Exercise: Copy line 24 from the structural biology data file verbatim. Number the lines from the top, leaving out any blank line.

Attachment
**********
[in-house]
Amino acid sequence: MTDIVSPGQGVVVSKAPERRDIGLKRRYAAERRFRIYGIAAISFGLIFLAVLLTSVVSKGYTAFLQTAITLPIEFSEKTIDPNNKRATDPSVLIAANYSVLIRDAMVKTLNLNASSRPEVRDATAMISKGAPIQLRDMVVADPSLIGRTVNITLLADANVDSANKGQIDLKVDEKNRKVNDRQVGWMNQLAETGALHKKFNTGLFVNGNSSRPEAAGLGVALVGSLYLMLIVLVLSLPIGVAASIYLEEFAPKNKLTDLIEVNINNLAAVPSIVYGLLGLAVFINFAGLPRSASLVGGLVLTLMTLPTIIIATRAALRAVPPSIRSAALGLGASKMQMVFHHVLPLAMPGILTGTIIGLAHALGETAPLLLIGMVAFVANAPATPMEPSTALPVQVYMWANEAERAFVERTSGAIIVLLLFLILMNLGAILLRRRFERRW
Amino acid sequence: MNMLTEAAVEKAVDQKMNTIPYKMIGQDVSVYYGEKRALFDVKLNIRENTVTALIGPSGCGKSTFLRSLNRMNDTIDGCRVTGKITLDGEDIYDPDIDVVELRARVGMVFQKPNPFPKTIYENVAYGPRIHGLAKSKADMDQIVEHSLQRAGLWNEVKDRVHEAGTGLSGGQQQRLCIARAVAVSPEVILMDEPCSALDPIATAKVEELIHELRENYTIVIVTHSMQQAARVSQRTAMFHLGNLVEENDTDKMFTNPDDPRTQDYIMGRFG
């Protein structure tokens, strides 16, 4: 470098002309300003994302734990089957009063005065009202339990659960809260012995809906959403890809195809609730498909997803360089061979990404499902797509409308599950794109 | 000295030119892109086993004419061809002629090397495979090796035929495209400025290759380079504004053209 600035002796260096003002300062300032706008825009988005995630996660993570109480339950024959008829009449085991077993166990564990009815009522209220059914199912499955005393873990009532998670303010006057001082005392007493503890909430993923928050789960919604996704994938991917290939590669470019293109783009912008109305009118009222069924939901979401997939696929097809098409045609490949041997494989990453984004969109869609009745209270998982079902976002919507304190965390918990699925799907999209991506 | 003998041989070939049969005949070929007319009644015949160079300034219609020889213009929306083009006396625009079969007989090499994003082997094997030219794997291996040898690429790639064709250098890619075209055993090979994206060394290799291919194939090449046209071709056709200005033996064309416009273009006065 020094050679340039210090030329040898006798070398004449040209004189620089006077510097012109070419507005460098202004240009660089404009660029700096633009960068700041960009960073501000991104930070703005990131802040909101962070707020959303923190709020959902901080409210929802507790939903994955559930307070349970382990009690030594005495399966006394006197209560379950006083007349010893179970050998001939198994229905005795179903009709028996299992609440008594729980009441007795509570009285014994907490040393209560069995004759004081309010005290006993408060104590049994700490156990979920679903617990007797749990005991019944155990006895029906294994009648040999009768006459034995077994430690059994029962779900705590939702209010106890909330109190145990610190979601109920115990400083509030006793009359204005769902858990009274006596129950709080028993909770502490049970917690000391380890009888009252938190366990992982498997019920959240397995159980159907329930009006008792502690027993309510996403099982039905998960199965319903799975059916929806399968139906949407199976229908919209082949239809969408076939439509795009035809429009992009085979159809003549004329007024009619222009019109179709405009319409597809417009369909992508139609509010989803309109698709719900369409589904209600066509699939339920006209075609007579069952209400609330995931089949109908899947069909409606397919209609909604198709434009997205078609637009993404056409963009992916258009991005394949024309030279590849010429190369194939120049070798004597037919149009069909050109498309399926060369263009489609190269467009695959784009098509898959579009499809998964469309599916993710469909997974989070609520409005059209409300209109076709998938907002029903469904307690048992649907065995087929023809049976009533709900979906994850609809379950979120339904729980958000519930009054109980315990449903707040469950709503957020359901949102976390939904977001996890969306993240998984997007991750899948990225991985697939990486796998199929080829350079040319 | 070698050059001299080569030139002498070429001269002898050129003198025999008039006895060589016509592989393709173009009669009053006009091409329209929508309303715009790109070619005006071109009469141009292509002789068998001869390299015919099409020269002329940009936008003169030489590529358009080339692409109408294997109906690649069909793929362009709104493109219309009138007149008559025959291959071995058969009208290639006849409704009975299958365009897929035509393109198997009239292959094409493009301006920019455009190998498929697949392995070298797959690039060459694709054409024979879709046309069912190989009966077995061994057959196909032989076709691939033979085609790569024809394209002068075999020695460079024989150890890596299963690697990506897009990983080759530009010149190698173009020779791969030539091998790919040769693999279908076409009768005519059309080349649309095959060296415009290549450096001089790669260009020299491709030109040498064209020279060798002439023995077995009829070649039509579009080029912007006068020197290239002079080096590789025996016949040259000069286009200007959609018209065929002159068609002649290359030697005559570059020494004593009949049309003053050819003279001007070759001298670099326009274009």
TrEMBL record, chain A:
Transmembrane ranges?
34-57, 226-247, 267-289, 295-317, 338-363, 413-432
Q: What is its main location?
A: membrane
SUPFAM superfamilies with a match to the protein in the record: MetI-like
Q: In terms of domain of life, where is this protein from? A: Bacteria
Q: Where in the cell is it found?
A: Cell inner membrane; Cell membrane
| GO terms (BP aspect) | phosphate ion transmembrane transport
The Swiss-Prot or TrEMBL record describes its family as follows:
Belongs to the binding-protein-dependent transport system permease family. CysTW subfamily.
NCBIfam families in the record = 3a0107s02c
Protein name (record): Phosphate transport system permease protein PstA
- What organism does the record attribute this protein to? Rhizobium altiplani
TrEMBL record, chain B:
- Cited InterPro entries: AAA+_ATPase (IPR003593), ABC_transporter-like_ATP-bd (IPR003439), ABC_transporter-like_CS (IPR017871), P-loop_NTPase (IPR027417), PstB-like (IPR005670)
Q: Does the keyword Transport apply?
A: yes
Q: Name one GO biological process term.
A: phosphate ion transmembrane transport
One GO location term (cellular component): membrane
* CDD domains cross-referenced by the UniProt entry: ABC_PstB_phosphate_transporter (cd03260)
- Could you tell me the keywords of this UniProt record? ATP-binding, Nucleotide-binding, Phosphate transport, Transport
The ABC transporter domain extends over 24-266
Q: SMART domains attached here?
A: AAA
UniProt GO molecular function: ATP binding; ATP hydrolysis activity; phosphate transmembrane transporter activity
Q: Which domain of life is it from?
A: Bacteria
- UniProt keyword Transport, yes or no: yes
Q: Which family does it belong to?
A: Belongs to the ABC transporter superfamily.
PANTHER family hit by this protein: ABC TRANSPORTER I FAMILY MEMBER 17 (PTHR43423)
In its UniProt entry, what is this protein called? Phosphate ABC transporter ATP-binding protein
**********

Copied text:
Q: Name one GO biological process term.